Encouraged by Weiwen, I am posting my comments as an answer.
Your unit of analysis is high school? If I understand things correctly, each high school would give rise to 7 race/ethnicity percentages and the 7 percentages would add up to 100%. So you can't add all 7 percentages as control variables in your model, as you would have perfect multicollinearity between them. You could add just 6 of them perhaps and leave one out of the model entirely. Which one you leave out depends on what you are most interested in.
The other thing you could do is to identify a subset of race/ethnicity categories you are most interested in (e.g., white and hispanic ) and define a percentage that reflects that subset (e.g., 60% white + 20% hispanic = 80% white or hispanic). Then you can include that percentage in the model. In that case, you'll be able to control for the combined percentage of white and hispanic students in your modelling.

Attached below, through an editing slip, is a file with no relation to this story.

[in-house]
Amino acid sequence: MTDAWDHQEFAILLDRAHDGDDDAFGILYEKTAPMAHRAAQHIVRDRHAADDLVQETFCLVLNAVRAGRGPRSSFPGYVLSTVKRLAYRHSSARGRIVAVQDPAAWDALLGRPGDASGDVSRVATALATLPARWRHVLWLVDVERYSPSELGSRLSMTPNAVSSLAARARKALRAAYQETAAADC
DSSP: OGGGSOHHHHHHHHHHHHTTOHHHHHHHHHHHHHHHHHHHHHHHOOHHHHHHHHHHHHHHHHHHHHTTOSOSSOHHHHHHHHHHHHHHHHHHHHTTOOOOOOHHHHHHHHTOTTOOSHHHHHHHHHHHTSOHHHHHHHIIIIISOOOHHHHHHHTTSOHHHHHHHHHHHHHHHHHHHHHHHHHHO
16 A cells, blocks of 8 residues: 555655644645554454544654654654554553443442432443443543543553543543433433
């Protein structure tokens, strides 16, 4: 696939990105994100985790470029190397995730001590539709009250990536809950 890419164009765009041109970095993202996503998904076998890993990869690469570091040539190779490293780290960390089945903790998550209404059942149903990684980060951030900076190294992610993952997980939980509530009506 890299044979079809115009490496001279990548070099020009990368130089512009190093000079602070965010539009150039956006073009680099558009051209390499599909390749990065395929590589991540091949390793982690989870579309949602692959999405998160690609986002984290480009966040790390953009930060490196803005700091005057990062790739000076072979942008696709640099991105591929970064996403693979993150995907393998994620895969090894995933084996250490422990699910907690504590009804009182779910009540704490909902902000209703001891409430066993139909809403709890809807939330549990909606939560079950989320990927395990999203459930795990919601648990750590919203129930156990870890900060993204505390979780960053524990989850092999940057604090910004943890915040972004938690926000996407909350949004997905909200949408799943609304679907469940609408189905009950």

Or you could use a mixture of percentages: "60% white" and "10% black or hispanic" (as long as they don't add up to 100%). In that case, you'll be able to control for both the percentage of white and the combined percentage of black or hispanic students in your modelling.